PostHeaderIcon The Great Dichotomy

Sub-title: How can we have such a brilliant future while having no future at all?

Herein lurks a philosophical dilemma that should vex anyone who tries to apply rational analysis to our collective future.

On the one hand, we have the almost magical explosion of things scientific and technological. For instance, the technology of miniature electronics is advancing at such speed that one can hardly purchase, unpack, and deploy the very latest gadget before it is rendered obsolete.

Medical science and technology are curing diseases, mending broken body parts and extending human life to the point where it seems we may soon be able to live forever (a condition which, if ever realized, would be the beginning of the end of humankind – a topic I may blog on at another time).

Sci-tech advances in food production promise the ability to feed an endless swarm of our own kind.

And so on, and so on. Looked at from a purely sci-tech viewpoint, the future seems so bright we need to wear shades (or whatever that song actually said).

Yet, in lock step with all this sci-tech magic, we see a total breakdown of our several cultures as well as our social-economic systems. This is evidenced by the growing levels of dependence on central governments, the loss of individualism, both in ability and in personal liberty, and a pervasive spread of crippling ignorance which, left unchecked, will soon take much of humanity to the conditions that existed before the Enlightenment.

Obviously, these two movements, one toward the future and the other toward the past, are dividing the body politic into 2 major groups which I style the “makers” and the “takers”. As the gap between these groups widens, a stress will build up until something MUST happen. While I cannot describe exactly WHAT that thing that happens will be, I think I can safely predict that it will not be pleasant or desirable for anyone. What is even more frustrating, I see no realistic way to prevent things continuing on their present course.

There are those Pollyanna types who see such as me as hopeless cynics and who argue that what is good, what is desirable, will always prevail in the end. They might be surprised to learn that I actually do not disagree. The difference between we cynics and the Pollyanna types is that we tend to recognize that between that time we call “now” and that other time we call the “end”, there is a lot of potential for turbulence.

So, how might I answer my own question – “How can we have such a brilliant future while having no future at all?”? Simple. By recognizing that both outcomes are equally guaranteed by the nature of our humanity.

If other of you have better ideas, I would beg to hear them.

Troy L Robinson

7 Responses to “The Great Dichotomy”

  • ◄Dave► says:

    It is hard to disagree with your logic, Troy. Of course, you will recall my Dark Ages II essay, which I wrote about the time we met online among that nest of fools. 🙂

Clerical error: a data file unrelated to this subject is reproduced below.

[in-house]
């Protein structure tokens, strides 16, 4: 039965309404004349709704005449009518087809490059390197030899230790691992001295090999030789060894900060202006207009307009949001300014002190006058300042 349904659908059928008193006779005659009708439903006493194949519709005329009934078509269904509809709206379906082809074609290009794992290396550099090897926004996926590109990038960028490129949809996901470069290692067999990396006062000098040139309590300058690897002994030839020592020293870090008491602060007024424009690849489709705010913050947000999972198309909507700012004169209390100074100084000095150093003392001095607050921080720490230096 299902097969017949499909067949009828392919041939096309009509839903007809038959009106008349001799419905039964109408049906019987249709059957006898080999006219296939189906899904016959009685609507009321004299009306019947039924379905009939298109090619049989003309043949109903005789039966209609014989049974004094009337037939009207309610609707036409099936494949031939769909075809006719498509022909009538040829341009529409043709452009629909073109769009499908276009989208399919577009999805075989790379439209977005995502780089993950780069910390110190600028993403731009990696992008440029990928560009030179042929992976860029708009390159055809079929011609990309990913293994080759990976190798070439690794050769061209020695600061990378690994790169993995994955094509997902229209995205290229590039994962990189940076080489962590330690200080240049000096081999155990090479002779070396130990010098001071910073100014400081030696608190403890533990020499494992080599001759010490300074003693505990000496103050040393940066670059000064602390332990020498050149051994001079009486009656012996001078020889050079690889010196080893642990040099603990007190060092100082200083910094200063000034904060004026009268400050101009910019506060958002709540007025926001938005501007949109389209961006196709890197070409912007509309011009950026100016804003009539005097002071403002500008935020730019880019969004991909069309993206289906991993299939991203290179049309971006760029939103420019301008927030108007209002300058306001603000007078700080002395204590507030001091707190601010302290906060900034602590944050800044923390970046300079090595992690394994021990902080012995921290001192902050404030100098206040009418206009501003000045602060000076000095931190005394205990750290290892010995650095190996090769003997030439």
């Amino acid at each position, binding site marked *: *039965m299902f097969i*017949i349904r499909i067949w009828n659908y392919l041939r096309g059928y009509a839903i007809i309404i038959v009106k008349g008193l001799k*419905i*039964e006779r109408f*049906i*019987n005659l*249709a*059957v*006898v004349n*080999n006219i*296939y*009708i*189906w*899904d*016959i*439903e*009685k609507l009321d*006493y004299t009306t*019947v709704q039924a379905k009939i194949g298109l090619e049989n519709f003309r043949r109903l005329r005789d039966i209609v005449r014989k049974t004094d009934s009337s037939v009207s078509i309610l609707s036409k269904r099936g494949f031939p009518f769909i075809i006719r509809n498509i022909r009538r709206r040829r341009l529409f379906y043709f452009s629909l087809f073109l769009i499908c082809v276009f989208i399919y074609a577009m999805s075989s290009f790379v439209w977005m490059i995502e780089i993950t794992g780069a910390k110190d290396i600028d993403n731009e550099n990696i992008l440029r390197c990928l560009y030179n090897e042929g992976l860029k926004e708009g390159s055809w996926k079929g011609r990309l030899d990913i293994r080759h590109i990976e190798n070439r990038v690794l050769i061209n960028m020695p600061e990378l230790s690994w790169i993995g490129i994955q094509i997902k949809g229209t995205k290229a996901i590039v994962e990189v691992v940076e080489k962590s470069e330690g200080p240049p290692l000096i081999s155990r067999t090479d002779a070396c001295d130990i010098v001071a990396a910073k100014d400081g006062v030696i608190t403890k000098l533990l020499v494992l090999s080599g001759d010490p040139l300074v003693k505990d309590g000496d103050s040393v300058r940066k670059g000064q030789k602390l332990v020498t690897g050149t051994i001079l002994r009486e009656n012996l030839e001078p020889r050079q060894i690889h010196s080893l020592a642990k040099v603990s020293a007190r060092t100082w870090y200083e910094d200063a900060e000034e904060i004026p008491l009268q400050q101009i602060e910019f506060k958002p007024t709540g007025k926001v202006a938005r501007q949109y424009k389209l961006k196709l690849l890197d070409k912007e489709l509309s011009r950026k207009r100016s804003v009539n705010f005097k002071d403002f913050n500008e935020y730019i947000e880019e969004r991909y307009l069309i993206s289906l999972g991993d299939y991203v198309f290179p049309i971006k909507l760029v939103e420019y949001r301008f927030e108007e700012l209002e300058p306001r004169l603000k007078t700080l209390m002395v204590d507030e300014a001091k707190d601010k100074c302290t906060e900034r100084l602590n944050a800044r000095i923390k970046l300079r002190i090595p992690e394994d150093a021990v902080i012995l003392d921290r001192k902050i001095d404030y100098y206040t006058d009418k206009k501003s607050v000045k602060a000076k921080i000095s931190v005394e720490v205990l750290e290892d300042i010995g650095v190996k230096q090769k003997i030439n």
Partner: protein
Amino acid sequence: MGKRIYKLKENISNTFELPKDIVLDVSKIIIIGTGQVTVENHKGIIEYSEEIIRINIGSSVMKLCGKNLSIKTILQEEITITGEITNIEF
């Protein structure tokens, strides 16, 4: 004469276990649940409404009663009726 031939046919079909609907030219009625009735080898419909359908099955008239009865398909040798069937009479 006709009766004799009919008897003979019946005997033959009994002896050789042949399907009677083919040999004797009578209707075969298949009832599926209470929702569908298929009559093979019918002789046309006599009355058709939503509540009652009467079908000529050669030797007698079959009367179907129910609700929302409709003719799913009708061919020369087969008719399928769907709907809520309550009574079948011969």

You probably also remember me saying a time or two, that one of the most profound assertions I have ever encountered, was that mankind had all the knowledge required to put a man on the moon within 100 years, back during the time of Aristotle. Then, the barbarians razed the libraries.

    I reckon civilization will again emerge from our ashes, and begin anew. Knowledge is now so dispersed that surely the remnants of our civilization will have a head start, and not require another millennium or two to get back to modernity; although I would recommend that they not repeat the tragic errors we made in 1913. 🙂 ◄Dave►

    • Troy says:

      Speaking of the dispersal of knowledge… a couple of years ago, I read Intellectuals and Society by Dr. Thomas Sowell. While trying to explain the disadvantages of a ruling elite, Dr. Sowell noted that it is utterly impossible for a single individual, no matter how gifted, to have as much as 5% of all the knowledge available (and that most have far, far less). Yet, all of us taken together have ALL of the knowledge that exists.

      What a wonderful argument in favor of valuing every individual (and for leaving them free to contribute what they will).

      BTW, I thought it was the Christians who did most of the library burning? Or is that what you meant by barbarians?? Indeed, the wholesale destruction of accumulated knowledge is my primary complaint with organized religion. Given their way, they would keep the populace so ignorant that even God stories are believable.

      Troy

  • Troy says:

    Anyone who would burn a library to keep knowledge from others is a barbarian!

    Even if such knowledge was clearly the work of Satan???

    Don’t you realize that God wants you to remain an ignorant animal while only Satan would lift men up out of the herd?

    Actually, I would have used “total idiot” but “barbarian” will do.

    I have long posited that animals at the top of the intelligence ladder (presumably including humans) are, because of that intelligence, pretty much exempt from being the prey of lesser animals. Ergo, they must prey on each other.

    Troy

    • Troy says:

      It just occurred to me how similar are the words “prey” and “pray”. I wonder if that is more than coincidence?

      Does one prAy not to become prEy? Does one prAy to an entity to whom one is prEy?

      Prey/pray tell, I simply don’t know.

    • ◄Dave► says:

      Don’t you realize that God wants you to remain an ignorant animal while only Satan would lift men up out of the herd?

      Precisely; I have often remarked that if given Adam and Eve’s choice between ignorant bliss in utopia, as long as they ask no questions, vs. the offer of knowledge and understanding, my inquisitive mind would have to go with the Devil’s pitch. 🙂 ◄Dave►

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